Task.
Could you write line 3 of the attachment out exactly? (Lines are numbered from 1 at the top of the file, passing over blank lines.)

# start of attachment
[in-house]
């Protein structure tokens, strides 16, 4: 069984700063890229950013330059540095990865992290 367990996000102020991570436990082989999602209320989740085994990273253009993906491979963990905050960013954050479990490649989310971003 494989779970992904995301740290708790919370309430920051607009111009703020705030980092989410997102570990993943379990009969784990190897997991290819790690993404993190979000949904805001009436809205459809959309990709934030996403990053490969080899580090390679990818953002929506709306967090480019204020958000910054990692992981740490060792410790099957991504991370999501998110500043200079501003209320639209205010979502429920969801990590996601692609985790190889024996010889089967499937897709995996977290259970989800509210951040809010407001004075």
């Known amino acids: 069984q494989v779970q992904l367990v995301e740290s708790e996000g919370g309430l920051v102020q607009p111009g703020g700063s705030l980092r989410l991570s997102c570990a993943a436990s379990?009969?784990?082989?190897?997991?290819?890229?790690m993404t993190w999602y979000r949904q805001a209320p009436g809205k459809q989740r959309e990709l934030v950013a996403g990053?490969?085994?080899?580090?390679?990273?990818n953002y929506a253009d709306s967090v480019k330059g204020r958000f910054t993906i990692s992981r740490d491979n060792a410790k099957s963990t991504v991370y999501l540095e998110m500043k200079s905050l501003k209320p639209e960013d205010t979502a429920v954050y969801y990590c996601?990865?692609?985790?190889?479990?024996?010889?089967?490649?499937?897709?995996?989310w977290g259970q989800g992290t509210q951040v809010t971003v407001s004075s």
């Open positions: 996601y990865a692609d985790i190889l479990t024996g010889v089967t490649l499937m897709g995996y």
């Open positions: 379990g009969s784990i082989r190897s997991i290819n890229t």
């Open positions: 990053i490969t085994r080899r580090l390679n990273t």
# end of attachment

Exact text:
């Known amino acids: 069984q494989v779970q992904l367990v995301e740290s708790e996000g919370g309430l920051v102020q607009p111009g703020g700063s705030l980092r989410l991570s997102c570990a993943a436990s379990?009969?784990?082989?190897?997991?290819?890229?790690m993404t993190w999602y979000r949904q805001a209320p009436g809205k459809q989740r959309e990709l934030v950013a996403g990053?490969?085994?080899?580090?390679?990273?990818n953002y929506a253009d709306s967090v480019k330059g204020r958000f910054t993906i990692s992981r740490d491979n060792a410790k099957s963990t991504v991370y999501l540095e998110m500043k200079s905050l501003k209320p639209e960013d205010t979502a429920v954050y969801y990590c996601?990865?692609?985790?190889?479990?024996?010889?089967?490649?499937?897709?995996?989310w977290g259970q989800g992290t509210q951040v809010t971003v407001s004075s």